“I think a salary cap, most particularly for State CEOs, is a matter of good governance” Set a cap that has the potential to rule a number of the key players out of the market? Good for governance..?
    “perception” Oh agreed there, but we are grown-ups and reality sometimes has to take precedence over perception.

    “But if you want to be incredibly simplistic then yes, all things being equal, I like everyone else would go for the money if no other factor was at play.” Thanks for confirming that. So why can’t a NZ company offer $5 million plus a kiwi lifestyle to someone who might command $10M in New York?

    Comment by Clunking Fist — October 19, 2012 @ 4:27 pm

  43. It is funny how righties become incoherent on the mention of “France”. Cognitive dissonance I suppose.

    Comment by Sanctuary — October 19, 2012 @ 4:35 pm

  44. Do we want a bunch of “key players” extracting seven figure salaries from the taxpayer? You might, I don’t.

    Comment by richdrich — October 19, 2012 @ 9:32 pm

  45. Maybe read my comments again CF, rather than cherrypicking.

    What “key players” would be ruled out by State SOEs CEO salary caps? Business Gods of the private sector? They wouldn’t go to into the State – they’re already cashing it.

    What youmight rule out is the politically connected chisellers who think it’s OK to milk the taxpayer from their cushy sinecures. The same people who often as not when you look at their bios, have often not held down work of that level (or any work) outside of the narrow confines of the domestic administrata.

    As for the private sector, like I said that’s up to shareholders and the Boards.
    I just question the logic of of offering such massive salaries when it’s not really necessary.

    As a recent example could Paul Reynolds $10.7m final year rem incl. $2m severance really be justified in terms of his CEO performance?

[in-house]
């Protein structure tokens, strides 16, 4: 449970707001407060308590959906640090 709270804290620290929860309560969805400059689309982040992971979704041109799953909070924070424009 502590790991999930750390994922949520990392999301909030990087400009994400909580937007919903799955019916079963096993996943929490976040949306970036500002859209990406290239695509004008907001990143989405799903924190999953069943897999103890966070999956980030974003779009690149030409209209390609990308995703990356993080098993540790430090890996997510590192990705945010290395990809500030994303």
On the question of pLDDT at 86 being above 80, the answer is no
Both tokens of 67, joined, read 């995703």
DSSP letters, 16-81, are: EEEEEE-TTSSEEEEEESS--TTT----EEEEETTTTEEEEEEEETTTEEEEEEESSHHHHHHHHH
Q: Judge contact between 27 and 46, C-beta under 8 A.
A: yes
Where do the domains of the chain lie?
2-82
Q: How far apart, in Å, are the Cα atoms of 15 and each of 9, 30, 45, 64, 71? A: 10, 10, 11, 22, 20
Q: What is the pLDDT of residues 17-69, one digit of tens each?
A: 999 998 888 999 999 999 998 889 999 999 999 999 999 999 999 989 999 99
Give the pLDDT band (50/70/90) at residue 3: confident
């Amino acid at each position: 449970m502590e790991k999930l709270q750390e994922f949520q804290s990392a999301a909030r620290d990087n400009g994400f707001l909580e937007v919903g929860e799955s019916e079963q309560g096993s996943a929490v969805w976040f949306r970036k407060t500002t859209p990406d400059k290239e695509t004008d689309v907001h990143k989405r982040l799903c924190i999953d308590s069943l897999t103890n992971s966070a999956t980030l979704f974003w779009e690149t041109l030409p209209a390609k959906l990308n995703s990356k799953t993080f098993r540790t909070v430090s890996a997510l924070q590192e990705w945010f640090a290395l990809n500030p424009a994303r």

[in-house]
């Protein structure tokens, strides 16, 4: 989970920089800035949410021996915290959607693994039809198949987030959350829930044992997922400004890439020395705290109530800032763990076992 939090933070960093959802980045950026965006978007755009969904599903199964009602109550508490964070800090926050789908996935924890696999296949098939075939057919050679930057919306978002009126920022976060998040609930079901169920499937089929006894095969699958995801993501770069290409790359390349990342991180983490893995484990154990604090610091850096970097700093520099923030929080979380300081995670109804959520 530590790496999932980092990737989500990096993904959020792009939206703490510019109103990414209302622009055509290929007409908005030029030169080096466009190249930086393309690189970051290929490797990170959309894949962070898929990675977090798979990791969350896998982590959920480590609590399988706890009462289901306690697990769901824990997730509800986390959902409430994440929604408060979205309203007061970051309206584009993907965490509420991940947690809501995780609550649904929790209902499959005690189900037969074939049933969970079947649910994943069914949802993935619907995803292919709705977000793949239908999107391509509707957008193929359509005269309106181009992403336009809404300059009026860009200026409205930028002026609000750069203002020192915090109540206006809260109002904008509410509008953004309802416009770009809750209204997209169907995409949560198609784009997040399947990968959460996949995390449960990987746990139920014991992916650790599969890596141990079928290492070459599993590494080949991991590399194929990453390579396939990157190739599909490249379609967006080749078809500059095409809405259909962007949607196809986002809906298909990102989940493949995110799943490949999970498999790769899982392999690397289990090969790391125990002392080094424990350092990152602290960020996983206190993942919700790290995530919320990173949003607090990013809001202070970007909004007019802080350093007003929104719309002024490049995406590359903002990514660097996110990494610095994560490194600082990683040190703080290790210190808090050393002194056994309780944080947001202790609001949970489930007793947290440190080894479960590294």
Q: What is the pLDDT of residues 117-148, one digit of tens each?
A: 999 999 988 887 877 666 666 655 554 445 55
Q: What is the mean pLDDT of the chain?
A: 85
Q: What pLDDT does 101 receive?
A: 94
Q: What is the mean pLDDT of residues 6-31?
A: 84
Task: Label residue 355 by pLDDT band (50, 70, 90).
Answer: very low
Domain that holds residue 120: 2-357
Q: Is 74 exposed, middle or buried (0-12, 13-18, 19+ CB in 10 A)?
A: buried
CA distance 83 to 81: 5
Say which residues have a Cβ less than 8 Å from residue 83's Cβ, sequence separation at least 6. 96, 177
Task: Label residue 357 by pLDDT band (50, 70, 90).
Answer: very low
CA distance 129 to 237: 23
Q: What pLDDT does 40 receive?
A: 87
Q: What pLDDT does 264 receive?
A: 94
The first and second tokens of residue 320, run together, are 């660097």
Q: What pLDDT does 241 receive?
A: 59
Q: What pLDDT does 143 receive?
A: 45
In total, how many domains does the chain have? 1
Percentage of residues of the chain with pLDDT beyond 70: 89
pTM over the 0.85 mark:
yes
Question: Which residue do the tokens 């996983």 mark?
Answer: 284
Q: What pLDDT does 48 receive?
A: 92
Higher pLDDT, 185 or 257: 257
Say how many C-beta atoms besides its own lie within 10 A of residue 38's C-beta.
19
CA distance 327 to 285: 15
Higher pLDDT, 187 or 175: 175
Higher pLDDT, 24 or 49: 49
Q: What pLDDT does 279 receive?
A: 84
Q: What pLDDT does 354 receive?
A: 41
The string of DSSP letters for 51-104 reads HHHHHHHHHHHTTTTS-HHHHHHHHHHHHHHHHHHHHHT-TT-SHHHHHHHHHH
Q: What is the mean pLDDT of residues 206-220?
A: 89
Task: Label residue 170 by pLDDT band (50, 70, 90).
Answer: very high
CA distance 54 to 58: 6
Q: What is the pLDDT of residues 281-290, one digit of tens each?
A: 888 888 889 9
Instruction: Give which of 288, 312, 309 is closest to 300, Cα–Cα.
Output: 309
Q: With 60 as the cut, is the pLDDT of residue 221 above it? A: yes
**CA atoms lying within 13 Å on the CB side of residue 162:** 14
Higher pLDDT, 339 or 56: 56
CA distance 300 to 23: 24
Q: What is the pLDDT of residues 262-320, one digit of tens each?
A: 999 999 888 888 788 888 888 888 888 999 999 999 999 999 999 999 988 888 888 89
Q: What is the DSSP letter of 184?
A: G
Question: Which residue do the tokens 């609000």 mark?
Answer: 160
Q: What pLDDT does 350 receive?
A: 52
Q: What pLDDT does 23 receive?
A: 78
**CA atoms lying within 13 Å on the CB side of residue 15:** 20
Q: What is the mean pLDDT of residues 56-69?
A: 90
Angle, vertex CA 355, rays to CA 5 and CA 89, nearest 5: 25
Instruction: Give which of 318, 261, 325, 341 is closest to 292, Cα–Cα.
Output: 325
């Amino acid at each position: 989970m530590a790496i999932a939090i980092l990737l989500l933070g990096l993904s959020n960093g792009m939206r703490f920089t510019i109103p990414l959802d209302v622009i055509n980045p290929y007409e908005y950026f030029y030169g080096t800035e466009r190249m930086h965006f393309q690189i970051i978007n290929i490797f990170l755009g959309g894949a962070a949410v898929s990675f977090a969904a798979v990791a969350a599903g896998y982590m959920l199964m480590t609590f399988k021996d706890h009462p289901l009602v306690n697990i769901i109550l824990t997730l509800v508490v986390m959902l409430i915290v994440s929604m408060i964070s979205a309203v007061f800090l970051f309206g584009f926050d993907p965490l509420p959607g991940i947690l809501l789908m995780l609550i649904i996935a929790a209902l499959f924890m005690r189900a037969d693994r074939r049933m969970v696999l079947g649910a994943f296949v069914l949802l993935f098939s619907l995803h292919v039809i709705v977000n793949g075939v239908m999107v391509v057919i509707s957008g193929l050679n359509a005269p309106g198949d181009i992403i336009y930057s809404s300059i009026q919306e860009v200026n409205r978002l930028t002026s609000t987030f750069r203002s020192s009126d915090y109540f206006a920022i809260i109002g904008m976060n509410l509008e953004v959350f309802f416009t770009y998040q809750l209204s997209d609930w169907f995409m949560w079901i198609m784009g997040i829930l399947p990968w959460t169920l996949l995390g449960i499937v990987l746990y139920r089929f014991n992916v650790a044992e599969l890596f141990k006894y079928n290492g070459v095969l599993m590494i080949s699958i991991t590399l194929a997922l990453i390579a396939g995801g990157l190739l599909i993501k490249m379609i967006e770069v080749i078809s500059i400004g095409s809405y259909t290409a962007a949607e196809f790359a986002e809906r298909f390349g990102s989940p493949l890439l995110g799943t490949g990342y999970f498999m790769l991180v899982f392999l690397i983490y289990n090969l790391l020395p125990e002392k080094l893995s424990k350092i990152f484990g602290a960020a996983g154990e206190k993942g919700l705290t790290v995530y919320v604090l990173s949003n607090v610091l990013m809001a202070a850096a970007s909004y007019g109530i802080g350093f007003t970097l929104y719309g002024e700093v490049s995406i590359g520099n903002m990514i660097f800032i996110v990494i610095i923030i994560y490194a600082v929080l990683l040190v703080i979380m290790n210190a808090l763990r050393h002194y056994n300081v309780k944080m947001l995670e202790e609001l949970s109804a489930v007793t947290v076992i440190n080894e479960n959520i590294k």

A $30m payout over his tenure: SP went from $4.47 to below $2 and both revenue and nett profit (43% down from 08 to 09 FY) and basically static from then until structural separation.

    Nice work if you can get it.

    Comment by Gregor W — October 19, 2012 @ 11:25 pm

  46. 45.Maybe read my comments again CF, rather than cherrypicking.
    Oh, so you’re restricting the salary cap to the state sector? Apologies.

    “What youmight rule out is the politically connected chisellers who think it’s OK to milk the taxpayer from their cushy sinecures.” Now you’re talking about Helen and Cullen (and Jim and Jenny and Ruth) and whatshisfacethedisgracedMP in Afganistan?

    Paul Reynolds: nice,pick on a company that had its natural monopoly taken away from it. You lefties can’t have it both ways: force a company to open its network to its competitors and than lean back and wonder why its share value tanks.
    “Nice work if you can get it” So why don’t you get it? Do you think you have the same skills as Reynolds? Are lefties narcissistic: can’t imagine/handle the fact that the guys and gals with these skill levels are on a different planet from us mortals, so want to cut the buggers down to size? Do you really think you could run a political party or a UN organisation like Helen?

    Comment by Clunking Fist — October 20, 2012 @ 10:10 am

  47. I’m siding with CF for once.

    Comment by Dan — October 20, 2012 @ 11:31 am

  48. @ CF – Yes. I broadly include ex MPs in my definition of “commented chisellers”.

    Re Reyolds – the company had it’s natural monopoly removed prior to him taking the helm under Operational Separation. As you say profits would have been affected regardless.

    Which speaks to my point – why pay an absolute premium for an imported Chief Executive and allow his performance package to be based completely on meeting competitive targets in a regulated market? It makes no sense. It’s basically giving shareholder money away.

    Further, I have not said I could do a CEOs job. I can’t do a plumber’s or a brain surgeon’s job either.
    What is at issue is the value of the CEO role and in Reynolds case, his specific value to his employers (the Shareholders of Telecom) in that role.
    In my opinion – and I suspect I’m not alone here given that the new CEO is on about $2m/pa incl. incentives – it wasn’t c. $8m a year.

    Comment by Gregor W — October 23, 2012 @ 9:37 am

  49. Reynolds presided over the structural seperation, which seemed to me to go pretty smoothly

    Comment by Clunking Fist — October 23, 2012 @ 1:19 pm